High-throughput CRISPRi phenotyping identifies new essential genes in Streptococcus pneumoniae

Xue Liu, Clement Gallay, Morten Kjos, Arnau Domenech, Jelle Slager, Sebastiaan P van Kessel, Kèvin Knoops, Robin A Sorg, Jing-Ren Zhang, Jan-Willem Veening

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Genome-wide screens have discovered a large set of essential genes in the opportunistic human pathogen Streptococcus pneumoniae However, the functions of many essential genes are still unknown, hampering vaccine development and drug discovery. Based on results from transposon sequencing (Tn-seq), we refined the list of essential genes in S. pneumoniae serotype 2 strain D39. Next, we created a knockdown library targeting 348 potentially essential genes by CRISPR interference (CRISPRi) and show a growth phenotype for 254 of them (73%). Using high-content microscopy screening, we searched for essential genes of unknown function with clear phenotypes in cell morphology upon CRISPRi-based depletion. We show that SPD_1416 and SPD_1417 (renamed to MurT and GatD, respectively) are essential for peptidoglycan synthesis, and that SPD_1198 and SPD_1197 (renamed to TarP and TarQ, respectively) are responsible for the polymerization of teichoic acid (TA) precursors. This knowledge enabled us to reconstruct the unique pneumococcal TA biosynthetic pathway. CRISPRi was also employed to unravel the role of the essential Clp-proteolytic system in regulation of competence development, and we show that ClpX is the essential ATPase responsible for ClpP-dependent repression of competence. The CRISPRi library provides a valuable tool for characterization of pneumococcal genes and pathways and revealed several promising antibiotic targets.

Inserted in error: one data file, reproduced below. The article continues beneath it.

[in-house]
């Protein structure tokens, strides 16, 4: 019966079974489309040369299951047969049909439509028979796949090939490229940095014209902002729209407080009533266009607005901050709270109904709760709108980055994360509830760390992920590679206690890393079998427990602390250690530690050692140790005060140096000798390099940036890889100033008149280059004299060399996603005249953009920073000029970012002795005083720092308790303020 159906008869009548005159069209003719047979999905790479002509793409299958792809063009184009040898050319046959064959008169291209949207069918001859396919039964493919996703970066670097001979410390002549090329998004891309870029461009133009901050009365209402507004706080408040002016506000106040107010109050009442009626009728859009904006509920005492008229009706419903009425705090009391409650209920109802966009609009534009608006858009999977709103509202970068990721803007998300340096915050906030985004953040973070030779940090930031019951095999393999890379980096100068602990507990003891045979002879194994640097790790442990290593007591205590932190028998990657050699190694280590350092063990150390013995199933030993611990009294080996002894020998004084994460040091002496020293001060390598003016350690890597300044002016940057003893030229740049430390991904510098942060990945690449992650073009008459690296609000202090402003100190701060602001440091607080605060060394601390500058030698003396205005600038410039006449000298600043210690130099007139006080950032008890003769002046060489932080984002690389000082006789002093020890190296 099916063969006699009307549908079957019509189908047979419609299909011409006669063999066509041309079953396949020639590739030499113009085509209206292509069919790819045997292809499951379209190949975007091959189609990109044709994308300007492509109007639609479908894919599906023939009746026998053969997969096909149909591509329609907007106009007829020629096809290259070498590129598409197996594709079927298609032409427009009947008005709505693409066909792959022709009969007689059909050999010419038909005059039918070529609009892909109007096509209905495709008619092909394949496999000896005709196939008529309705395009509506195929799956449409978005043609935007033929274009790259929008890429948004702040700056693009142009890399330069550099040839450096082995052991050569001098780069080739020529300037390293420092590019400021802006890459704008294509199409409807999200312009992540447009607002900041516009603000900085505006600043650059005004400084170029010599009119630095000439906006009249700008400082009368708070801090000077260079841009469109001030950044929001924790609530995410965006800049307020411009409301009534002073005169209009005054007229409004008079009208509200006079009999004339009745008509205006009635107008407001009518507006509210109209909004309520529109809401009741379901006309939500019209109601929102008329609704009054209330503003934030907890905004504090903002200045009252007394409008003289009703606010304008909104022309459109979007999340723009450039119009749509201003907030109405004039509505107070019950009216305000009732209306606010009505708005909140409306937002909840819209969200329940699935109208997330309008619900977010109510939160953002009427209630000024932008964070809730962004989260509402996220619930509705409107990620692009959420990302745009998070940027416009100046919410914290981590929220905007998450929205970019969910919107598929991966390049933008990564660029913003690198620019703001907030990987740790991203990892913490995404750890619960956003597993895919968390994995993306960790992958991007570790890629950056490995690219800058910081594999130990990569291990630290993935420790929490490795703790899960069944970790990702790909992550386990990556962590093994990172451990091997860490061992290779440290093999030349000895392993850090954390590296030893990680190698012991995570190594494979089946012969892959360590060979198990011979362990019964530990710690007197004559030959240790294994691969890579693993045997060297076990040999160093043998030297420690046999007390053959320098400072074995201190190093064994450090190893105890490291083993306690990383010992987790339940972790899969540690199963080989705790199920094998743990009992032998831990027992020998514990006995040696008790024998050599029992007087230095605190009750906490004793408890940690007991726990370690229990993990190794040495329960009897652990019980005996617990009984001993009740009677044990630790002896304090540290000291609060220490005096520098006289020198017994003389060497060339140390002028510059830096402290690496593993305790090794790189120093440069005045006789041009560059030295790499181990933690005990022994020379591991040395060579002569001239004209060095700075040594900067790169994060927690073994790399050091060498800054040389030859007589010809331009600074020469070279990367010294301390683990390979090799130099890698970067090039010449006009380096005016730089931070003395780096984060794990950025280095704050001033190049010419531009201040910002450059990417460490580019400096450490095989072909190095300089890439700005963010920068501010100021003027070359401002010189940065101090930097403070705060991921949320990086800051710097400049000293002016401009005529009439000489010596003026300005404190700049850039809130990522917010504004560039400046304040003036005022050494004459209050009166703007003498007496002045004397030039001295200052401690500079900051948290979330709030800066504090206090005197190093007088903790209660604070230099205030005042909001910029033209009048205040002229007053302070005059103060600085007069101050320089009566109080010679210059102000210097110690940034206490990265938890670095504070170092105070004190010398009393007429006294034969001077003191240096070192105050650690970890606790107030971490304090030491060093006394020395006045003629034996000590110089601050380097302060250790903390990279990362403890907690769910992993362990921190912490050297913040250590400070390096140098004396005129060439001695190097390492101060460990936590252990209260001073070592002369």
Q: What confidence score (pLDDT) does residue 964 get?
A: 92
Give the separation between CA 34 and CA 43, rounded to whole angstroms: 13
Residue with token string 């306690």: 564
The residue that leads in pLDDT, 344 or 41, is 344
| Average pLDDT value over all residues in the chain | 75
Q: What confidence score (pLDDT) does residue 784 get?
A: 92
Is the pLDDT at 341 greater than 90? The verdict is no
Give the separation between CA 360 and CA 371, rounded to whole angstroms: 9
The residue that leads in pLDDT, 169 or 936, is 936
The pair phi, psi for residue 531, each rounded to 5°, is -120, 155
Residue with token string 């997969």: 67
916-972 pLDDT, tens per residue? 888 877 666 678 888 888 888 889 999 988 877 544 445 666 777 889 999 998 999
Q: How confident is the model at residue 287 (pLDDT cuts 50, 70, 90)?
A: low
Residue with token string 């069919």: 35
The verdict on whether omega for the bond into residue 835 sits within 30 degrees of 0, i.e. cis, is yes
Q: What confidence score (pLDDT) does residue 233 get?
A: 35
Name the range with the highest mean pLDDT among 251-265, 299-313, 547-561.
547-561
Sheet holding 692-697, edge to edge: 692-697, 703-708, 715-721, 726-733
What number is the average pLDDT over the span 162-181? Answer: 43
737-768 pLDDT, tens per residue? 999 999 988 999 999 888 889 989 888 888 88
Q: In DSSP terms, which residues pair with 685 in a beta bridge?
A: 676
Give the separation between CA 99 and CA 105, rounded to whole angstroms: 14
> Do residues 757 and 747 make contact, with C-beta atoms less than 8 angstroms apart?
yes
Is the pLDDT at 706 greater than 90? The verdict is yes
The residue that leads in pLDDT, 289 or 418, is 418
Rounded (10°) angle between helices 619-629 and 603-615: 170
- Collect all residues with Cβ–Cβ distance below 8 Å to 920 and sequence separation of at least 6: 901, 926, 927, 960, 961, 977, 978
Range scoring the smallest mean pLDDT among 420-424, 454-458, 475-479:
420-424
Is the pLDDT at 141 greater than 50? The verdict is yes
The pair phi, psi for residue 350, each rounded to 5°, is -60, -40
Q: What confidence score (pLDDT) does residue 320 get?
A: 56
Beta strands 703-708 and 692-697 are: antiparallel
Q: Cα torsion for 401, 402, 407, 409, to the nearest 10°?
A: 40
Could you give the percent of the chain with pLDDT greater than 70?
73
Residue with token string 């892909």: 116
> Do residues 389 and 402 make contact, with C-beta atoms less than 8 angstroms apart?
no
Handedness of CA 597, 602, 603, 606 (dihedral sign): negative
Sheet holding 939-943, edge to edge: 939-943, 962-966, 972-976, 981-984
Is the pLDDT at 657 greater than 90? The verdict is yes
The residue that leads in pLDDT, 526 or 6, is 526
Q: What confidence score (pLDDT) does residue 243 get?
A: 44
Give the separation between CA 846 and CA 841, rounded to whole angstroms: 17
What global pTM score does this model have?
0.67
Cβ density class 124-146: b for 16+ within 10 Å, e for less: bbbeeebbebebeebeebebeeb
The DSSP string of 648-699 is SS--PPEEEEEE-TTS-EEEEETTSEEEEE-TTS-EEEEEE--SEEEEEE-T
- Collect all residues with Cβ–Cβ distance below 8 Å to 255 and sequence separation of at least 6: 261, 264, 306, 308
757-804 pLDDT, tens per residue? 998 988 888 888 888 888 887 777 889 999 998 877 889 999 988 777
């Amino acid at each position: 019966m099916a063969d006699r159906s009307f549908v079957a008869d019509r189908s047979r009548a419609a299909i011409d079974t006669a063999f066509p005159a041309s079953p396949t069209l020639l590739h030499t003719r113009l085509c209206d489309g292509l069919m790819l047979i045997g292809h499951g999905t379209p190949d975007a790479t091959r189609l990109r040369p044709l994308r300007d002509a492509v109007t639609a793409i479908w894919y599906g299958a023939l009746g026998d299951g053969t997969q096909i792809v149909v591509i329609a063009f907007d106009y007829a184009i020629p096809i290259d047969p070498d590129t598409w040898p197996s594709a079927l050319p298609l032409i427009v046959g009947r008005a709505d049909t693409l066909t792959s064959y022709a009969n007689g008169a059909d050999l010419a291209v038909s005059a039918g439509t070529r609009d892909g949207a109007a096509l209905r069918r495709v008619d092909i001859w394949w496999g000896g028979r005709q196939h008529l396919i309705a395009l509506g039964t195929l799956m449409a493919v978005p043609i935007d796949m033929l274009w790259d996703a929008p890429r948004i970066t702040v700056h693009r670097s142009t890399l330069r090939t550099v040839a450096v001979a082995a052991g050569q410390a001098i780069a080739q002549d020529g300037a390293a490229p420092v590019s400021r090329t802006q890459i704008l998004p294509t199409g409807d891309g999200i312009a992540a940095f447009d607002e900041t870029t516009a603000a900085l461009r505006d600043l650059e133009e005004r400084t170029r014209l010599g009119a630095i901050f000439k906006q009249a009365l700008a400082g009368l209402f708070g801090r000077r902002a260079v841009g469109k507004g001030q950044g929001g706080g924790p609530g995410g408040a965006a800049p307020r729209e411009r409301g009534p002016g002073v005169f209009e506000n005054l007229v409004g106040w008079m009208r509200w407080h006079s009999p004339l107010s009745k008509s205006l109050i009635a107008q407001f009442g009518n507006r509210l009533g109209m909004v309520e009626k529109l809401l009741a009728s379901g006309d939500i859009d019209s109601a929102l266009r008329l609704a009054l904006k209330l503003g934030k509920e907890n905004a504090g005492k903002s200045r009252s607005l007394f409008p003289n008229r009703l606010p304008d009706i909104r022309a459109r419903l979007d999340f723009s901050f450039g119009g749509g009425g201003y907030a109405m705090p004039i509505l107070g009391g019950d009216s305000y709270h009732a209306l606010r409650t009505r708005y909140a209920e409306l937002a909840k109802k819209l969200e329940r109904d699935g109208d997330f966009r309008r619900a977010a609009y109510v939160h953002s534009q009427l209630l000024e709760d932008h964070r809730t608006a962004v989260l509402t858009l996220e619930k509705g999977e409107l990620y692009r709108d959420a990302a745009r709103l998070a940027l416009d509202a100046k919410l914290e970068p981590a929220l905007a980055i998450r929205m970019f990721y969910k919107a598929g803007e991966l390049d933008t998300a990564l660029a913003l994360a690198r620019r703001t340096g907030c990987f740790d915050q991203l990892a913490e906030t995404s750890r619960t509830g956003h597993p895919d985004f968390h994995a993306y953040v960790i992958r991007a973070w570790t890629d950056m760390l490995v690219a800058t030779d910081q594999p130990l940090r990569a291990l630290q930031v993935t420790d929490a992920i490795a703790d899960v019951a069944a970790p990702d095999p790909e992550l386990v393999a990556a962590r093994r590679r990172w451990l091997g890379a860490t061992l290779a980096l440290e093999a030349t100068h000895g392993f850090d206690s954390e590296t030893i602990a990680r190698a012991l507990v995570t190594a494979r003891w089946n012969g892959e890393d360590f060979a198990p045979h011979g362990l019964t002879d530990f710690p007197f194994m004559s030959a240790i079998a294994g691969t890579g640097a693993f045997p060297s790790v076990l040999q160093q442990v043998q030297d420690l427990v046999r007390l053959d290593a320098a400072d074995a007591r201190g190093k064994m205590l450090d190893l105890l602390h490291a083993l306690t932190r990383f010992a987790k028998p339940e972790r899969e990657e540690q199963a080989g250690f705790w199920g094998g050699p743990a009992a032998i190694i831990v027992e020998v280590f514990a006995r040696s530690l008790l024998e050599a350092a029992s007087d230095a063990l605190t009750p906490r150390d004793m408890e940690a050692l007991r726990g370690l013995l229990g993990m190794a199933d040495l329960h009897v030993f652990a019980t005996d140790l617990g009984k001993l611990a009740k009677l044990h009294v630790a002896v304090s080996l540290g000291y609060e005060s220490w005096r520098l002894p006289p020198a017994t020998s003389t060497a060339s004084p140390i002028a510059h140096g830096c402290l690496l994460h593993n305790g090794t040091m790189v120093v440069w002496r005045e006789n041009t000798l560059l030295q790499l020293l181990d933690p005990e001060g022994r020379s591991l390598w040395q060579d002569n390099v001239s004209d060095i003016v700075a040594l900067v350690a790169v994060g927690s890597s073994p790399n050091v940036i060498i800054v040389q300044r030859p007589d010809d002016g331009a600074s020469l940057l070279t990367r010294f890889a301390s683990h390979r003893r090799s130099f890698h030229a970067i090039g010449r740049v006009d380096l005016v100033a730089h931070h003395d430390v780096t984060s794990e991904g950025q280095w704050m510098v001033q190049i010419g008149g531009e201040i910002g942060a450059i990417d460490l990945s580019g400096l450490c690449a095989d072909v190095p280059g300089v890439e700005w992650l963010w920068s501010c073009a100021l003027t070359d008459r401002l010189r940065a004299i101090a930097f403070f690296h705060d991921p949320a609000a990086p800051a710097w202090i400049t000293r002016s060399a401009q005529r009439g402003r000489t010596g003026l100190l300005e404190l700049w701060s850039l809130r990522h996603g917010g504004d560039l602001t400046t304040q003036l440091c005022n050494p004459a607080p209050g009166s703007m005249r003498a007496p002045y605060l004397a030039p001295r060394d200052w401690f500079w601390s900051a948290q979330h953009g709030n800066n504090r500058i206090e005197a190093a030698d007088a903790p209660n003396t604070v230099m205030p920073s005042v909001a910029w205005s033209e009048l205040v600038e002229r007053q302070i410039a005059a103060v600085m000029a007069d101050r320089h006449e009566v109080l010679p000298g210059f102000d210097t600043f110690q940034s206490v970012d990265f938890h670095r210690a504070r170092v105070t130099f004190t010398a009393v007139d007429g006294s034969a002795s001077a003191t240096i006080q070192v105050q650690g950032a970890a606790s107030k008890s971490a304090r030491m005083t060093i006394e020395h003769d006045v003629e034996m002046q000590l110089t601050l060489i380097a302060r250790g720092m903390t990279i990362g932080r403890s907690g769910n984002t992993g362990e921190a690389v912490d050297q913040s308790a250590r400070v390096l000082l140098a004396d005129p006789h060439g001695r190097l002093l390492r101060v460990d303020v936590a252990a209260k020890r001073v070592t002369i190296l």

Original languageEnglish
Article number931
Pages (from-to)1-18
Number of pages18
JournalMolecular Systems Biology
Issue number5
Publication statusPublished - 2017


  • bacterial cell wall
  • competence
  • DNA replication
  • gene essentiality
  • teichoic acid biosynthesis

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